Ed Zink, a founder of the Iron Horse Bicycle Classic, owner of Mountain Bike Specialists and longtime La Plata County rancher, died Friday from complications of a heart attack. He was 71.
Family and friends said they will remember Zink as a man who constantly served his community.
“He lived a life of service at an individual level, at the community level and just cared about making the community a better place,” said his son, Brian Zink.
He said his father had a “servant’s heart” and was willing to stop what he was doing to volunteer for La Plata County Search and Rescue and help those in need.
“He did that without hesitation or regret or frustration,” Brian Zink said.
Ed Zink, a Durango native and a pillar of the local community, was owner of Waterfall Ranch, a longtime advocate for mountain biking and chairman of the Iron Horse organizing committee for decades. He also led efforts to bring the first World Mountain Bike Championships to Durango in 1990 and organized the event.
His contributions to the community were recognized by former Gov. John Hickenlooper who named March 1, 2018, as Ed Zink Day.
Zink is survived by his wife, Patti Zink, and his three children, Brian Zink, Tim Zink and Kristi Zink.
The Durango community recognized Zink’s contribution in 2005 when he was named Citizen of the Year. During that ceremony, he shared his love for Durango with the crowd:
“I grew up in one of the best places in the world. The only smart thing I did was stay here. I couldn’t imagine how my life could be better. ... All I’ve done is have crazy ideas. Ideas like people who have perfectly good cars ride their bikes to Silverton.”
Zink founded the Iron Horse with Tom Mayer, one of the brothers on which the race was based. Mayer, a cyclist, famously bet in 1971 he could get to Silverton on his bike faster than his brother, Jim, who worked on the Denver & Rio Grande Western Railroad line from Durango to Silverton. Zink later helped organize international events, such as the Olympics in Atlanta and Nagano, Japan.
He had the vision and drive to think big and make things happen, especially when it came to planning trails and events, said Trails 2000 Executive Director Mary Monroe Brown.
“He did that his whole life and inspired other people to walk in his footsteps, to help carry the torch he lit for Durango,” she said.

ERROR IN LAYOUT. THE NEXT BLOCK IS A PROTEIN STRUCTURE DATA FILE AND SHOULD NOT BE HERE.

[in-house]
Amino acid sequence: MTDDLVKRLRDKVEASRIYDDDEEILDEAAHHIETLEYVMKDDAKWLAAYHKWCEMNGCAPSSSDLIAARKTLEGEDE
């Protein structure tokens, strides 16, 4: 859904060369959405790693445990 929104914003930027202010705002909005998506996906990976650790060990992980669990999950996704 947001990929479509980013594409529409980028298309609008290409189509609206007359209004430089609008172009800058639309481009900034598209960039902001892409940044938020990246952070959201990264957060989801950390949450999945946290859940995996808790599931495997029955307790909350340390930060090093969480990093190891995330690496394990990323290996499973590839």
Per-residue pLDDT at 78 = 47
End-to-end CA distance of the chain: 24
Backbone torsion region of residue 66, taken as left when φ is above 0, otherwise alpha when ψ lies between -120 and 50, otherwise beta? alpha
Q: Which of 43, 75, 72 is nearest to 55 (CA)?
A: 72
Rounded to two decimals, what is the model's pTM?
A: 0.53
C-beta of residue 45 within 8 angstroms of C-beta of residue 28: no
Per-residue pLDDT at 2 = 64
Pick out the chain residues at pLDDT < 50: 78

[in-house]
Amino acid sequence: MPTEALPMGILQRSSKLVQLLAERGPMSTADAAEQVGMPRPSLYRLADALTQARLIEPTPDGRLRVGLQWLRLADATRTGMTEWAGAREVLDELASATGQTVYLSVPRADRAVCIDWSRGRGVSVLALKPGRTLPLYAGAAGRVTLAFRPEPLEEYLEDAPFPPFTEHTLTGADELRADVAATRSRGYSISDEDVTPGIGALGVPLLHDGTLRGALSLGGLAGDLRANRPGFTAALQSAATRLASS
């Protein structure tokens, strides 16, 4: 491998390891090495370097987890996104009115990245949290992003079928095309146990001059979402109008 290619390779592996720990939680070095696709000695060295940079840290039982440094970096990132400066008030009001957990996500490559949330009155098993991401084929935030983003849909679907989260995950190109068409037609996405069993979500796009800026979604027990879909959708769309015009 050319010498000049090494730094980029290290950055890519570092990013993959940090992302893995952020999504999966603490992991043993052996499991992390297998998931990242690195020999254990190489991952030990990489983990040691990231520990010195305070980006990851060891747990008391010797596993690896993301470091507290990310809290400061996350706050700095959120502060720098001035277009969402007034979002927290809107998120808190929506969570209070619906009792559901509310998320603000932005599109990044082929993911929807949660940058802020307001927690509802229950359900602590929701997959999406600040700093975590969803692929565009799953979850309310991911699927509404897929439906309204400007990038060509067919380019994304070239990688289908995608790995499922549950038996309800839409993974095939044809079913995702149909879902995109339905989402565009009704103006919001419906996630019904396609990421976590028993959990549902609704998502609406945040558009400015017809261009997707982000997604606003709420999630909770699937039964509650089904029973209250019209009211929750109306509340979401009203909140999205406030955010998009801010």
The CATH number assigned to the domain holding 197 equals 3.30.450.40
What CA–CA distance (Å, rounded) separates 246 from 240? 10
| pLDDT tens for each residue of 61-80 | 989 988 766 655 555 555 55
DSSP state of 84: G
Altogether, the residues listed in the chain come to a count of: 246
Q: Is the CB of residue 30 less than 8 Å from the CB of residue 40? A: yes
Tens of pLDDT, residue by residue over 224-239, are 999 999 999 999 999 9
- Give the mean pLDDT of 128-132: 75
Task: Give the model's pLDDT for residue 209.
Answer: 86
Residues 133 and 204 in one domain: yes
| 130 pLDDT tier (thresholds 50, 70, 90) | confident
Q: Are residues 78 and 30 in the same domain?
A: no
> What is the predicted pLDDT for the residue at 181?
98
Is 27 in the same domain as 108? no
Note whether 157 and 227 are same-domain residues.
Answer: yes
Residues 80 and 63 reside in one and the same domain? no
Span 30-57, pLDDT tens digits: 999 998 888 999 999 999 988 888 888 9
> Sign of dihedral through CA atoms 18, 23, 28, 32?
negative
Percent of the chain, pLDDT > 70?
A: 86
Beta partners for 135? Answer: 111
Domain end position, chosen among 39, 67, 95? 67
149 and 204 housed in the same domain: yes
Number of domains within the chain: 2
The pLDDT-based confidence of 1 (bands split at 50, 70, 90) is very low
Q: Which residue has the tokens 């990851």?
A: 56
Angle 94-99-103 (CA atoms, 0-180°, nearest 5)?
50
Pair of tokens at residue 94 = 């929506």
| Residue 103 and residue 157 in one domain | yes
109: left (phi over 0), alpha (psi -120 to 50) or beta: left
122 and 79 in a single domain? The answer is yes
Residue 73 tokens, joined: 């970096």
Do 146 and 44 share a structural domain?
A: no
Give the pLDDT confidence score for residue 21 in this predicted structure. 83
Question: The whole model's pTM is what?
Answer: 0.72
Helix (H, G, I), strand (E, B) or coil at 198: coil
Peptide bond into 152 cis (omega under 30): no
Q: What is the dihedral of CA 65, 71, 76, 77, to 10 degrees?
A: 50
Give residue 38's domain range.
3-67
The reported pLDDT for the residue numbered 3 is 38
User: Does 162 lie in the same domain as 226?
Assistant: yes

Director of the Iron Horse Gaige Sippy said that while Zink had an extensive mountain bicycling resume, he wasn’t a typical cyclist.
“Ed wasn’t a shaved-leg type of cyclist,” Sippy said.
Sippy also recalled Zink as a hard worker throughout his life and attentive listener.
“He was confident he was going to learn something from everybody he spoke to,” he said.
Zink got into business after his father, John Zink, purchased Crawley Sporting Goods in 1968.
John Zink asked Ed, who was 20 at the time, if he would like to run the shop and Ed accepted the offer, according to “Waterfall Ranch: The History and People of a Special Place in the Animas Valley,” a book about the Zinks’ family ranch.
Crawley Sporting Goods became the Outdoorsman, a general sporting goods store. Then in 1987, Ed Zink bought the Fort Collins-based Mountain Bike Specialists. The business won best Best Mountain Bike Shop in the U.S. in 2016 at the Interbike industry trade show in Las Vegas.
On the shop’s website, Zink and all the staff answered questions about biking. To the question, “What is your favorite bike to ride?” Zink wrote: “The next one I am on.” To the question: “Favorite trail in Durango?” he answered: “The last trail I did.”
Zink was also well-known as the owner of Waterfall Ranch, which celebrated its 100-year anniversary under the ownership of the Zinks in 2017.
Ed Zink’s grandfather, John J. Zink, and his family moved from Nebraska to Southwest Colorado in 1910.
Zink was the only one of his five siblings never to move away from the ranch and took on much of the responsibilities of running the ranch in the late-1980s and early 1990s.
Zink and his wife, Patti, have restored 50 acres of the 150-acre ranch to wetlands and were recently approved to restore another 15 acres. The couple started researching wetlands banking in 2006 because they wanted to purchase neighboring property that had been part of their family’s original ranch but couldn’t afford to just raise hay on it. Wetlands banking allowed the family to restore property and then “sell” those acres to agencies or developers who are building on wetlands in other areas, according to Waterfall Ranch.
Ed also served on numerous boards, including the Animas Consolidated Ditch Co., USA Cycling, Trails 2000, San Juan Mountain Association, The Durango Herald’s board of directors and many others.
“Ed, like his father, John, was comfortable in both rural and city environments and a leader in each,” said Richard G. Ballantine, chairman of Ballantine Communications Inc., which owns the Herald. “We asked Ed to join the Herald’s board of directors because the Ballantine family admired his imagination and creative energy and his perceptive insights into events and people. He delivered all that. There was also no fuzziness with Ed. He believed in setting goals and then accountability.”
A memorial service will be held at 10 a.m. Monday at the Community Concert Hall at Fort Lewis College.
Contributions in memory of Zink can be made to Trails 2000 and the Mercy Health Foundation.